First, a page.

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COLOR MAINTENANCE SPITTING ALGORITHM FOR INK JET PRINTERS

IP.com Disclosure Number: IPCOM000027645D
Original Publication Date: 1998-Jun-30
Included in the Prior Art Database: 2004-Apr-08
Document File: 2 page(s) / 71K

Publishing Venue

Xerox Disclosure Journal

Abstract

In order to keep a thermal ink jet printhead printing reliably, each channel must be fired at a time interval which depends on the ink and drop generator design, but is, in general, of the order of 30 seconds. Typically, these maintenance drops are ejected into a waste container in the capping station of the printer. Moving the printhead over to the waste container takes time and affects printing. The maintenance efficiency of a printer could be quantitatively written as the ratio of the number of non-printing maintenance cycles (in this case, waste dump spits) to the number of printed documents. Maintenance spits must be performed every L seconds to guarantee drop-on-demand performance. L in this case is roughly equivalent to the latency of the drop generator system. In a full width array 20 ppm printer, several pages are printed during a typical 30-40 sec. latency period. For segmented, single cartridge printers, 1 to 2 latency periods would expire for every printed color page. Drop on demand for those jets used only at the end of the page would definitely require some form of maintenance during that page's printing. An algorithm can be devised which will allow the drop generator to spit color ink onto pre-printed black portions of a document. Sparsely located color pixels in a black background should not significantly alter the appearance of the black printed areas. This scheme would improve the maintenance efficiency of the printer by reducing the number of color-related, non-printing maintenance cycles.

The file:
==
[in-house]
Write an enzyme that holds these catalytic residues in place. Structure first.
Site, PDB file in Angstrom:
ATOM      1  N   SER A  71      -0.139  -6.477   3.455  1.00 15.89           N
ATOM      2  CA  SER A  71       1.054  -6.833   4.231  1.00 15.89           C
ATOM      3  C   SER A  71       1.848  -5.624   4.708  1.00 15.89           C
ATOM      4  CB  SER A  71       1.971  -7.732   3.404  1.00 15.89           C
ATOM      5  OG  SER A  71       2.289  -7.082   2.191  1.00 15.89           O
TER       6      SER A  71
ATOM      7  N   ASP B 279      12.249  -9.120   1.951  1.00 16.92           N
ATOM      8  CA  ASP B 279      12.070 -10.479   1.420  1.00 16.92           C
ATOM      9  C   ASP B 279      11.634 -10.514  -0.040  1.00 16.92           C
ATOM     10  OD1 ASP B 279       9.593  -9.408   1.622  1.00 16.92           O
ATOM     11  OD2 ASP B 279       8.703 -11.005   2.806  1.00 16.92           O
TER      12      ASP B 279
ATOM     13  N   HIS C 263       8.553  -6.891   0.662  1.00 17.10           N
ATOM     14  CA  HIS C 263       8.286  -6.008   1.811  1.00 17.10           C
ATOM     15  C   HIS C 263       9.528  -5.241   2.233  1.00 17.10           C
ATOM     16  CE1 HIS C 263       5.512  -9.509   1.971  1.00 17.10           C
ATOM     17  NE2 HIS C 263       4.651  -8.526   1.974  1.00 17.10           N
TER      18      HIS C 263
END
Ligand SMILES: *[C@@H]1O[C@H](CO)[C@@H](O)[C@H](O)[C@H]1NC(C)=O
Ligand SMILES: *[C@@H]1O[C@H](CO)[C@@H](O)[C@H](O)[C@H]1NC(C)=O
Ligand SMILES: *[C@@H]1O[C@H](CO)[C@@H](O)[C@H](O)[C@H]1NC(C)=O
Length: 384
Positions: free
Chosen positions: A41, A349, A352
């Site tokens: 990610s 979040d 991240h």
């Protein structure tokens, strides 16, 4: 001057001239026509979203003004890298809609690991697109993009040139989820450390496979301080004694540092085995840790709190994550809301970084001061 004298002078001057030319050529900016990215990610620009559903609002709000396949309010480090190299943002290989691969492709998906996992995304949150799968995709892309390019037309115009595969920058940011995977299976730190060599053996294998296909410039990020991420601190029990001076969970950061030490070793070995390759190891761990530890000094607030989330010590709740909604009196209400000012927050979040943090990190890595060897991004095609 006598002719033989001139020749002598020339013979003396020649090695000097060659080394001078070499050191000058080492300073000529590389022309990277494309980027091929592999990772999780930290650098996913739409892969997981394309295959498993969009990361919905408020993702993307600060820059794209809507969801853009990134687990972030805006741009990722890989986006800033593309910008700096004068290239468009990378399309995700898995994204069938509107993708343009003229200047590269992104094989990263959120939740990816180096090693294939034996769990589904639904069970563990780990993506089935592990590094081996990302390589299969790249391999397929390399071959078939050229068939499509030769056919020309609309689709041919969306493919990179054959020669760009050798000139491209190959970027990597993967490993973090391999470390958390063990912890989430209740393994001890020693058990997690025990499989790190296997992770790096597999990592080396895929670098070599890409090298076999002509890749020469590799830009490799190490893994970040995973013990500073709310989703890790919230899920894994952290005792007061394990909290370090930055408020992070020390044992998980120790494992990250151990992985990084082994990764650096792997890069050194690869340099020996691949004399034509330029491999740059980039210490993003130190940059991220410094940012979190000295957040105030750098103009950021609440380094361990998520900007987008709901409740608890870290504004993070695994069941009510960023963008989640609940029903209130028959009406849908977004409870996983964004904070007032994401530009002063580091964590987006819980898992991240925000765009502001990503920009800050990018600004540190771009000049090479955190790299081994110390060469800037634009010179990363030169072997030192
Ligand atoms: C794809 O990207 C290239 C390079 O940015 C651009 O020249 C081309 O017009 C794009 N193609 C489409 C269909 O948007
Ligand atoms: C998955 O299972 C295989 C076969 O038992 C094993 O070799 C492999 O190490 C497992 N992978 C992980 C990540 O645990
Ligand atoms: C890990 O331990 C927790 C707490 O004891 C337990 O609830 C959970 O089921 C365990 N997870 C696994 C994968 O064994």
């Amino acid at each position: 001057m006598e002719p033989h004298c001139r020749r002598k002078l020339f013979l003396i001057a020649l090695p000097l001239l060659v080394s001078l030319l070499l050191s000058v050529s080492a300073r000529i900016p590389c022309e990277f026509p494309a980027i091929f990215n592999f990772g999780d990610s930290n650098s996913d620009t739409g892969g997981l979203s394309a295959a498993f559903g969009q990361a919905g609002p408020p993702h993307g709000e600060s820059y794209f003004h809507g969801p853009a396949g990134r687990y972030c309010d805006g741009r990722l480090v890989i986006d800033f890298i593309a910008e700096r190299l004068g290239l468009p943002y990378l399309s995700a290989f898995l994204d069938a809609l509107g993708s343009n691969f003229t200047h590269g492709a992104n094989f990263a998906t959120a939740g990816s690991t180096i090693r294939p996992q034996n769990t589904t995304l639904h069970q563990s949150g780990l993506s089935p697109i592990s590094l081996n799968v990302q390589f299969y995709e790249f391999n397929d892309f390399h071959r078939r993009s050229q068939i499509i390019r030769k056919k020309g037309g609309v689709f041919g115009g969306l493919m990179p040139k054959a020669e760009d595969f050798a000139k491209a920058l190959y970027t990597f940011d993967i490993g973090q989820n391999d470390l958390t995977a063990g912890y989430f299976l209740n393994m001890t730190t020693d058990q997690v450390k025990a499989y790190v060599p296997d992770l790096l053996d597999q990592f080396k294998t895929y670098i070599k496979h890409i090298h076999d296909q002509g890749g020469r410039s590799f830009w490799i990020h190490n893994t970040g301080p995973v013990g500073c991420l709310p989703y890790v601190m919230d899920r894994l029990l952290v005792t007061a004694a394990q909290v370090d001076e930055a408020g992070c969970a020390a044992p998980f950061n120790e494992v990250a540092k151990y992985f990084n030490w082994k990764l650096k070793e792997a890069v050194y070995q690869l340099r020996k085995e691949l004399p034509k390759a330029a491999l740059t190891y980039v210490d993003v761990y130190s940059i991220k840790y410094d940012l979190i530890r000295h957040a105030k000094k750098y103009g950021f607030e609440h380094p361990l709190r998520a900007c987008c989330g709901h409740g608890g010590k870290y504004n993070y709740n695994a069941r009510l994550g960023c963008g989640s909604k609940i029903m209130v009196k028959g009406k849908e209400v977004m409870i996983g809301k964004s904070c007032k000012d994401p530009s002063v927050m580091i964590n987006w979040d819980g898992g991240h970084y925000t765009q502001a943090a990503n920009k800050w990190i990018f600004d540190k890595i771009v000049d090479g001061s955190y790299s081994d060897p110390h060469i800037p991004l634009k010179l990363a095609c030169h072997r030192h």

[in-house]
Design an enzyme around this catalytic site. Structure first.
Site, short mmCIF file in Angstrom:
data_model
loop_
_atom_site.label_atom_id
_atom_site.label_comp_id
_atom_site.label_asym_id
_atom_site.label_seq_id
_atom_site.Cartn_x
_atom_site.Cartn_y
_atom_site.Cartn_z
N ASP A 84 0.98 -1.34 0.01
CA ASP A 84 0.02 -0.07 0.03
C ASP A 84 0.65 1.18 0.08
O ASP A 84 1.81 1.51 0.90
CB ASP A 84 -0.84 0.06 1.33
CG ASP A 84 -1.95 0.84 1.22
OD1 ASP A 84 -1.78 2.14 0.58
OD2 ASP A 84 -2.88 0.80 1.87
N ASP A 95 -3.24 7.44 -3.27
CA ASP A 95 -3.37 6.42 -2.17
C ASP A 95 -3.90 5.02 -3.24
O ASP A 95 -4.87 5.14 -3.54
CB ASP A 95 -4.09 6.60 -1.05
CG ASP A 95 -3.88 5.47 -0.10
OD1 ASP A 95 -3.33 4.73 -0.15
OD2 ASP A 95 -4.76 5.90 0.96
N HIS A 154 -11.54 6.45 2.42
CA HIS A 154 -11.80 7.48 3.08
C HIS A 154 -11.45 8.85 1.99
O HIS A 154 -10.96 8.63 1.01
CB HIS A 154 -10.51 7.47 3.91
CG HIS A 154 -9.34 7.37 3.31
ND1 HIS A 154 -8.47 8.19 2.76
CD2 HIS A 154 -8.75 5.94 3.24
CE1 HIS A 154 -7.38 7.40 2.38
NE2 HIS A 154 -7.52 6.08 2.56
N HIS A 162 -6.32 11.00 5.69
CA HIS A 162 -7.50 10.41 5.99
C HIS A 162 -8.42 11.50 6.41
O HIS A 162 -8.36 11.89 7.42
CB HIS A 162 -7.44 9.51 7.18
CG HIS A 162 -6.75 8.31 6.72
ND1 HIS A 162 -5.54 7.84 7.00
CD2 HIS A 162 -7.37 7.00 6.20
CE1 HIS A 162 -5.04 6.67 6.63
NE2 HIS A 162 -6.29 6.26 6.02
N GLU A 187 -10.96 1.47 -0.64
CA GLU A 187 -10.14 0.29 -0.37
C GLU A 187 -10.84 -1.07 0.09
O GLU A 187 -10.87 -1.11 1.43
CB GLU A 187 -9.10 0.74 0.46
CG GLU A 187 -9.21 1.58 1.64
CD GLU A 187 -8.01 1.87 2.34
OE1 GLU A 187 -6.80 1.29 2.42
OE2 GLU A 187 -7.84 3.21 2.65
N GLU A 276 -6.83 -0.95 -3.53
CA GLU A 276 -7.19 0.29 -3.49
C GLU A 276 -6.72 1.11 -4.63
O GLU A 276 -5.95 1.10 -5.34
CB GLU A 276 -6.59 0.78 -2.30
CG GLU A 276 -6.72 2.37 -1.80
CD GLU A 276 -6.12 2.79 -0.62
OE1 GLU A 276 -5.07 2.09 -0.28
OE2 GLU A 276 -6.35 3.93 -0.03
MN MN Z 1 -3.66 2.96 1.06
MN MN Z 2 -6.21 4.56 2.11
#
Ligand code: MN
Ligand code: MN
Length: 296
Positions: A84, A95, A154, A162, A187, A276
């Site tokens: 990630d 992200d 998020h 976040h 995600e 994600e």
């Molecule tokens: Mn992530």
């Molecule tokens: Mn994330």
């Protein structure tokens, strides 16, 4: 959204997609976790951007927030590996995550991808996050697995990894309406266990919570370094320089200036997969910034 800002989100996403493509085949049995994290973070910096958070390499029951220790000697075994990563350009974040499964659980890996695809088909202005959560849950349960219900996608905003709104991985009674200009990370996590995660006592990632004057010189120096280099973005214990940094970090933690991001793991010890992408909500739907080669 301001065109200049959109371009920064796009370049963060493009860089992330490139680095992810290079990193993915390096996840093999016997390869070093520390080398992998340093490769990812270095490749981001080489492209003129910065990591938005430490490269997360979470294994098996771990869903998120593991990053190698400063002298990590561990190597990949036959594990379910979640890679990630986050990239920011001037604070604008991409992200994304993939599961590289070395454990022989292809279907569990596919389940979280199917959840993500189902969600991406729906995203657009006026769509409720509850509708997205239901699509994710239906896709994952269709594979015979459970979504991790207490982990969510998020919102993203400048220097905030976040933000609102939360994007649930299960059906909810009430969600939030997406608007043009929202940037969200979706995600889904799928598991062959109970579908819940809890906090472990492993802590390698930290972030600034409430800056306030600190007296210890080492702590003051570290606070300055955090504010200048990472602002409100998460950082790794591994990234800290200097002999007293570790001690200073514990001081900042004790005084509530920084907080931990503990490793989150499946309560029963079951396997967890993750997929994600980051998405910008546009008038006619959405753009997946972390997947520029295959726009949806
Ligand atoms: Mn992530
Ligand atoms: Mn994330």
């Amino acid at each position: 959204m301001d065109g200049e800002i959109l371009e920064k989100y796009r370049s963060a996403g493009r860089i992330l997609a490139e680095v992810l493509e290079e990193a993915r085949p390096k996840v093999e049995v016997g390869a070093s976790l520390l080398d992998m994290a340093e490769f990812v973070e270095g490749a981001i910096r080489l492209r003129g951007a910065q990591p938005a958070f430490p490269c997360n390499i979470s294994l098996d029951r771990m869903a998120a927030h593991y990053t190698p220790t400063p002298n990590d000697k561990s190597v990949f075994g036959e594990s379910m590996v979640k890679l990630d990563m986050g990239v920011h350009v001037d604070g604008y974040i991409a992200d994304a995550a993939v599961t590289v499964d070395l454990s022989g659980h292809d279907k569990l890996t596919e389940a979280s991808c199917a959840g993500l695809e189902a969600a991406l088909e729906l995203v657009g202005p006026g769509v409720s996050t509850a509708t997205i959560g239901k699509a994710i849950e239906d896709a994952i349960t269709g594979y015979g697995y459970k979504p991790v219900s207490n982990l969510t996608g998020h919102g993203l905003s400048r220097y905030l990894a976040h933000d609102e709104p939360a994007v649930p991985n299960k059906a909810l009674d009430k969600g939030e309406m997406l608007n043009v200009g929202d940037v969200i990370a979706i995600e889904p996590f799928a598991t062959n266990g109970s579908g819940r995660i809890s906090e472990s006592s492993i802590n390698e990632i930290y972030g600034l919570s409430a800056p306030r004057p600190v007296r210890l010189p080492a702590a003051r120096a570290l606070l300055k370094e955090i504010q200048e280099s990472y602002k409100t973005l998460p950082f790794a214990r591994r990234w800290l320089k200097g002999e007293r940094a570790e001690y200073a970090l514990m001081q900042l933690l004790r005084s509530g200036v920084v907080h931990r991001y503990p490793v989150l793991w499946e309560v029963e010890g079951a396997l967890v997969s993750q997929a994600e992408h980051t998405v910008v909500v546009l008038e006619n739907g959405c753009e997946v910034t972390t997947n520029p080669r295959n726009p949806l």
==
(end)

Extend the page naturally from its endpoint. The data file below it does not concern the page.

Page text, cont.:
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XEROX DISCLOSURE JOURNAL

COLOR MAINTENANCE SPITTING Proposed Classification ALGORITHM FOR INK JET PRINTERS
Michael C. Ferringer
Jacob Eyngorn
Mark D. Tracy

U. S. C1.347/030 Int. C1. B41j 2/165

In order to keep a thermal ink jet printhead printing reliably, each channel must be fired at a time interval which depends on the ink and drop generator design, but is, in general, of the order of 30 seconds. Typically, these maintenance drops are ejected into a waste container in the capping station of the printer. Moving the printhead over to the waste container takes time and affects printing. The maintenance efficiency of a printer could be quantitatively written as the ratio of the number of non-printing maintenance cycles (in this case, waste dump spits) to the number of printed documents. Maintenance spits must be performed every L seconds to guarantee drop-on-demand performance. L in this case is roughly equivalent to the latency of the drop generator system. In a full width array 20 ppm printer, several pages are printed during a typical 30-40 sec. latency period. For segmented, single cartridge printers, 1 to 2 latency periods would expire for every printed color page. Drop on demand for those jets used only at the end of the page would definitely require some form of maintenance during that page's printing. An algorithm can be devised which will allow the drop generator to spit color ink onto pre-printed black portions of a document. Sparsely located color pixel...